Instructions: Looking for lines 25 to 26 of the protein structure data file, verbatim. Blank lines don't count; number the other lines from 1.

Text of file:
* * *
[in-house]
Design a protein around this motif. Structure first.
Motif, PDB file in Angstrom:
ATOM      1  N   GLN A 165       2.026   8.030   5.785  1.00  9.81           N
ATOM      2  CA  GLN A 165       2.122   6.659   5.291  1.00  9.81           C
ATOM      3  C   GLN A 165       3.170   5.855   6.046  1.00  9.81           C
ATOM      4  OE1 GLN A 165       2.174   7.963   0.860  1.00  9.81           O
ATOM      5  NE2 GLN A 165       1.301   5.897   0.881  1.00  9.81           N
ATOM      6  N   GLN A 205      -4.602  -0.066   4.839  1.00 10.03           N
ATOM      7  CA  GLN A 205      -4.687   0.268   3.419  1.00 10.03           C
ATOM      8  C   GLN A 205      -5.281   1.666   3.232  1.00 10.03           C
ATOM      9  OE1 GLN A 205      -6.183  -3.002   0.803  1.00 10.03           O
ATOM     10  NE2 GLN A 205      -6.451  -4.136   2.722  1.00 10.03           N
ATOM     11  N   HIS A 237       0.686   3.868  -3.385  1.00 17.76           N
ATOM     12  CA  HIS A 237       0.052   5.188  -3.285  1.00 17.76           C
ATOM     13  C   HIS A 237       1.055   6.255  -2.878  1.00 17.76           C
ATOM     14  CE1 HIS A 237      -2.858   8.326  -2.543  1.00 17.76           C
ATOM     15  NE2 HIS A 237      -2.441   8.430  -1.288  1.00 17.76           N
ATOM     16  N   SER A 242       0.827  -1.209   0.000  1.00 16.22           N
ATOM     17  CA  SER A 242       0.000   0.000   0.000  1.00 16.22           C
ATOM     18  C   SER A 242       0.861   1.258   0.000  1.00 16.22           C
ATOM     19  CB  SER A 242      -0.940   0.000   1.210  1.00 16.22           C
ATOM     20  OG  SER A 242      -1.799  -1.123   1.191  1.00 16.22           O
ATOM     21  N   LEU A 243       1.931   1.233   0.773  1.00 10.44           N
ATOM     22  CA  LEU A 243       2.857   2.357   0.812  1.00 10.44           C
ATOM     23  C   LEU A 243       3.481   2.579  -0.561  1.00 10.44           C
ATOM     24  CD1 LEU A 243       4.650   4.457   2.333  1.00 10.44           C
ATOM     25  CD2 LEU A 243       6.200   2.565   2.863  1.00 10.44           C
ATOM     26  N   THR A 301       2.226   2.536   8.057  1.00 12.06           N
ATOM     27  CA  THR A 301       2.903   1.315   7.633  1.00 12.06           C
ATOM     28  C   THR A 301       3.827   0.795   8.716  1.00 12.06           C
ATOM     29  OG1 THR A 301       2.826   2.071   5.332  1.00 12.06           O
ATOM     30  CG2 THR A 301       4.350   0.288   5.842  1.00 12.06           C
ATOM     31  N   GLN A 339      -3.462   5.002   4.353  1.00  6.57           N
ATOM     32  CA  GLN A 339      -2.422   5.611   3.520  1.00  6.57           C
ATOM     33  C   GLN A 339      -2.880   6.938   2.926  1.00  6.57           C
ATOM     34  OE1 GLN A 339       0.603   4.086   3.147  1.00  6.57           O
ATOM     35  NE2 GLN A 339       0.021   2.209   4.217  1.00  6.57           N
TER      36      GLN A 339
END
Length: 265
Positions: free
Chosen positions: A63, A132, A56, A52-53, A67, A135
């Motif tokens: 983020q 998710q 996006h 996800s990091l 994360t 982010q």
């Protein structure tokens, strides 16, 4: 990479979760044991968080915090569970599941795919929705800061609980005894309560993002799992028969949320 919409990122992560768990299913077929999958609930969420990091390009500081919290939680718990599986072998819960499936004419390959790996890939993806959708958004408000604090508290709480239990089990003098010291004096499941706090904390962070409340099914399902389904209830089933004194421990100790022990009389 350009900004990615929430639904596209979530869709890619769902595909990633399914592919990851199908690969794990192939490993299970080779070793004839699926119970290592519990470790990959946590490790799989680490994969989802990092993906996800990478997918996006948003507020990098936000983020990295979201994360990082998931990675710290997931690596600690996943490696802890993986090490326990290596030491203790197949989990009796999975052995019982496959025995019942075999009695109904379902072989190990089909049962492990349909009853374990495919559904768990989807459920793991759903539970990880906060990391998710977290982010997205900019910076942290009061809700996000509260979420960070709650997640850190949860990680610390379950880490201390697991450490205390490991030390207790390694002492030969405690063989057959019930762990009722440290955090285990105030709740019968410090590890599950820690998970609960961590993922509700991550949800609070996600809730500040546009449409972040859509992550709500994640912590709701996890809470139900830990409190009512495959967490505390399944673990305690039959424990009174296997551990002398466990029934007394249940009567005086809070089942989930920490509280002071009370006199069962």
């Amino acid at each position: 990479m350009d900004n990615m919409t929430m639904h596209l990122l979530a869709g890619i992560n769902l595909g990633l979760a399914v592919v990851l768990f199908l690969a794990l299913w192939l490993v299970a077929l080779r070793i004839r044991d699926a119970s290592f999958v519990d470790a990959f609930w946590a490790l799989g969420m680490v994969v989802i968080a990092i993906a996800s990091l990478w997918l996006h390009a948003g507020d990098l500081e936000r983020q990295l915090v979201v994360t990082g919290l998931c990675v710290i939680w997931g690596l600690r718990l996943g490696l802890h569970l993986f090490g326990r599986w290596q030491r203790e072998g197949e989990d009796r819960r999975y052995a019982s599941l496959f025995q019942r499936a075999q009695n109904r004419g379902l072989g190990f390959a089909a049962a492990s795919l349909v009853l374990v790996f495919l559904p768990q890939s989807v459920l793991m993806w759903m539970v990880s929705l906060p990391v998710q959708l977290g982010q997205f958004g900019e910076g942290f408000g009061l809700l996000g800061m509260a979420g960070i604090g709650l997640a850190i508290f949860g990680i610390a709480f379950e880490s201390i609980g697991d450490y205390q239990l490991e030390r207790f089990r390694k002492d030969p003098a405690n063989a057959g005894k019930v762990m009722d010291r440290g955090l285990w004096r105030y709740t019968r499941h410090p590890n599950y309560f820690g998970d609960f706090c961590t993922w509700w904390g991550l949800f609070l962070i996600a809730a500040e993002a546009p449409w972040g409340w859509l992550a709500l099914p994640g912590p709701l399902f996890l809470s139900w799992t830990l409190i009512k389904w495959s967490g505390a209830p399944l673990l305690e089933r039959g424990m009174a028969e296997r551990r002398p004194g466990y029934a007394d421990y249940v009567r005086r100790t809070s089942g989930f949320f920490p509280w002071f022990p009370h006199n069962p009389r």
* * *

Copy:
ATOM     22  CA  LEU A 243       2.857   2.357   0.812  1.00 10.44           C
ATOM     23  C   LEU A 243       3.481   2.579  -0.561  1.00 10.44           C